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El sueño: la base de los hábitos saludables

Sleep: the foundation of healthy habits

Getting at least seven hours of quality rest each night is essential for optimal health. Sleep is the foundation of all your daily habits and decisions. Lack of sleep can negatively affect your mood and temperament, as well as your ability to focus on daily tasks.

Lack of sleep can have a significant impact on both the mind and the body. In addition to perpetuating serious conditions, lack of sleep can negatively affect your mood and temperament, as well as your ability to focus on daily tasks. Also, lack of sleep influences what you eat and how much you eat. Since hormones are regulated during sleep, when you miss hours of sleep, your hunger hormones get out of control and that increases the feeling of hunger and decreases satiety. It's no coincidence that you find yourself reaching for bagels and muffins when you're exhausted.

Also, sleep allows your mind and body to recover from the work day, and these important processes are shortened when you don't get enough sleep. During the rapid eye movement (REM) stage or paradoxical sleep, your brain sorts out important information from what is not and archives long-term memory. If this stage of your sleep cycle is short, your concentration and mental alertness may decrease. Additionally, you may feel moody and short-tempered.

Do you need incentives to prioritize healthy sleep habits?

Sleeping less than seven hours a night is associated with weight gain, diabetes, high blood pressure, and depression, among other health risks. Also, when you don't get enough sleep, you can experience more aches and pains in the body, a decrease in immune function, and a deterioration in work performance. All of these issues can have a ripple effect on your daily habits.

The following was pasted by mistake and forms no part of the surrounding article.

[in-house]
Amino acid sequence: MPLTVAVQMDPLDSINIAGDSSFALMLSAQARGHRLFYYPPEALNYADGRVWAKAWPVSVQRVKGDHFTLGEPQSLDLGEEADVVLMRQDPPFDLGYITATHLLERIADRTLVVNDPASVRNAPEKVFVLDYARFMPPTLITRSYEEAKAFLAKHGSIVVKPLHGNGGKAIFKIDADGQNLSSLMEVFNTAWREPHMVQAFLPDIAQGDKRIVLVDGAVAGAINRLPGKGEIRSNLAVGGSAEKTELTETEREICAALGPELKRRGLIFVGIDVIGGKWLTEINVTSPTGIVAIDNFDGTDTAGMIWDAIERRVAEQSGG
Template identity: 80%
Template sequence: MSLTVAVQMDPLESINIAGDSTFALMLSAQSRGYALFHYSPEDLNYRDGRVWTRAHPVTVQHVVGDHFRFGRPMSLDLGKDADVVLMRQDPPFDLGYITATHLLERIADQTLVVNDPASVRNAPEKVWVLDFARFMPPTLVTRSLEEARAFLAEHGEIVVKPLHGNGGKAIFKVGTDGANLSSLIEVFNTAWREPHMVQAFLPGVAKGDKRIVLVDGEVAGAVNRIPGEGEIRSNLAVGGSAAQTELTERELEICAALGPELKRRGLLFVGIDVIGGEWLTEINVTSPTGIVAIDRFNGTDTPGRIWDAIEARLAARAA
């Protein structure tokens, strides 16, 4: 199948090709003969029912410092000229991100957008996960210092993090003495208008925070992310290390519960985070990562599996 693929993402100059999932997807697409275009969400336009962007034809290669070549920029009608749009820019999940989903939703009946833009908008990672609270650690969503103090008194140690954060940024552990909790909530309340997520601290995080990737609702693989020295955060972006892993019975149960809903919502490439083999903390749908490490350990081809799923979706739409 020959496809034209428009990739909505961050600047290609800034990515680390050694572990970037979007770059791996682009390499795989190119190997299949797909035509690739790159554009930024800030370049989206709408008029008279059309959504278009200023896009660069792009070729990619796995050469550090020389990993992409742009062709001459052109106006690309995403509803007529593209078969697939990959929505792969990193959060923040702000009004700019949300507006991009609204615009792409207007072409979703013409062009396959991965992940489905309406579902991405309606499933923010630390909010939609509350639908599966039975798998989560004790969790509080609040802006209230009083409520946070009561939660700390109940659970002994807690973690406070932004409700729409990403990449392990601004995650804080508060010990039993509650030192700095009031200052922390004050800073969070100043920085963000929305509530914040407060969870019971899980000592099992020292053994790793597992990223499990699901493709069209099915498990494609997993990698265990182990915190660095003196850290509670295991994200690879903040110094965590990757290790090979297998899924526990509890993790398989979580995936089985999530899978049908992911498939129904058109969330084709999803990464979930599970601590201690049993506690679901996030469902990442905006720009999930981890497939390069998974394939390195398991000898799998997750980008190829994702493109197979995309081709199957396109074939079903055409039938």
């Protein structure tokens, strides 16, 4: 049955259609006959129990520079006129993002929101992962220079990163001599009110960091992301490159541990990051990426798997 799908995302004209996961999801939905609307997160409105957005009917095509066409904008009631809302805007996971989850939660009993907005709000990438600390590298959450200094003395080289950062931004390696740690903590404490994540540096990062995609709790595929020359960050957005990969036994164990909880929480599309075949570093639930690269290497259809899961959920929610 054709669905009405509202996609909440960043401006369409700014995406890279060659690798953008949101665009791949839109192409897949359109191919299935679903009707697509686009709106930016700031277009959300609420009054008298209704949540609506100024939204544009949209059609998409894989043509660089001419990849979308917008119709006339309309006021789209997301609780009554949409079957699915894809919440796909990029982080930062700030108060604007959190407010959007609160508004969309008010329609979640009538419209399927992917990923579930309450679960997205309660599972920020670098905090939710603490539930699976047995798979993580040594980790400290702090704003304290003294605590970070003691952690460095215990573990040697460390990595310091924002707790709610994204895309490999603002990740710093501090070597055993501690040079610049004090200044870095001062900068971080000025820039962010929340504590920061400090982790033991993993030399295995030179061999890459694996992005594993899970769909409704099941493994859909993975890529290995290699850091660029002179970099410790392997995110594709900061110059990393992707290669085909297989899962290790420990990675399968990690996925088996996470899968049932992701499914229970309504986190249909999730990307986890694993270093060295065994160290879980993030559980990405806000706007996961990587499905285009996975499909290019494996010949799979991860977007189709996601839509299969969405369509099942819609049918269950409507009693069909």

On the other hand, making sleep a priority can help you reach your other wellness goals, like managing stress. When your body and mind are well rested, you can respond to life with greater perspective and understanding. Try these tips to sleep better and lay the foundation for your overall well-being.

Set a dream goal.

Try to get at least seven hours of sleep a night to give yourself the energy to cope with the demands of your day. Waking up refreshed will help you make smart decisions and stick to your diet and exercise plan. Getting a good night's sleep can help increase your motivation and willpower, making it easier to avoid temptations.

Set a regular bedtime and stick to it.

The first step in changing a behavior is to commit to what you want to achieve and stick to the plan. Set a regular bedtime and stick to it as much as possible. This may mean putting your phone in another room so you're not tempted to check social media right before bed, or setting an alarm to remind you that it's time to start getting ready for bed.

When your body and mind are fatigued, you may misinterpret hunger signals. The next time you find yourself wandering around the kitchen or mindlessly snacking while working, ask yourself if you're tired instead of hungry. It's common to mistake fatigue or emotions for hunger.

Try to be calm before going to sleep.

Setting aside a little time before bed to relax can help transition to sleep. Try deep breaths, progressive muscle relaxation, gentle stretches, or guided imagery to help focus your attention on the present and away from worries. If having a busy mind keeps you awake, write down your thoughts in a journal or on a pad of paper next to your bed.

The reward for adequate sleep goes far beyond banishing dark circles (although that's an added bonus). Dedicating yourself to this healthy habit is one of the best steps you can take to gain health.

Experiments

  1. Keep a sleep diary for a week and take note of any patterns you discover.
  2. Do your best to cut down on foods and drinks that can disturb sleep, such as large and heavy meals, alcohol, coffee, caffeinated tea, and chocolate.
  3. Create a relaxing (screen-free) routine at bedtime, like taking a bath or reading a book.

By: Stacy M. Peterson and Brooke L. Werneburg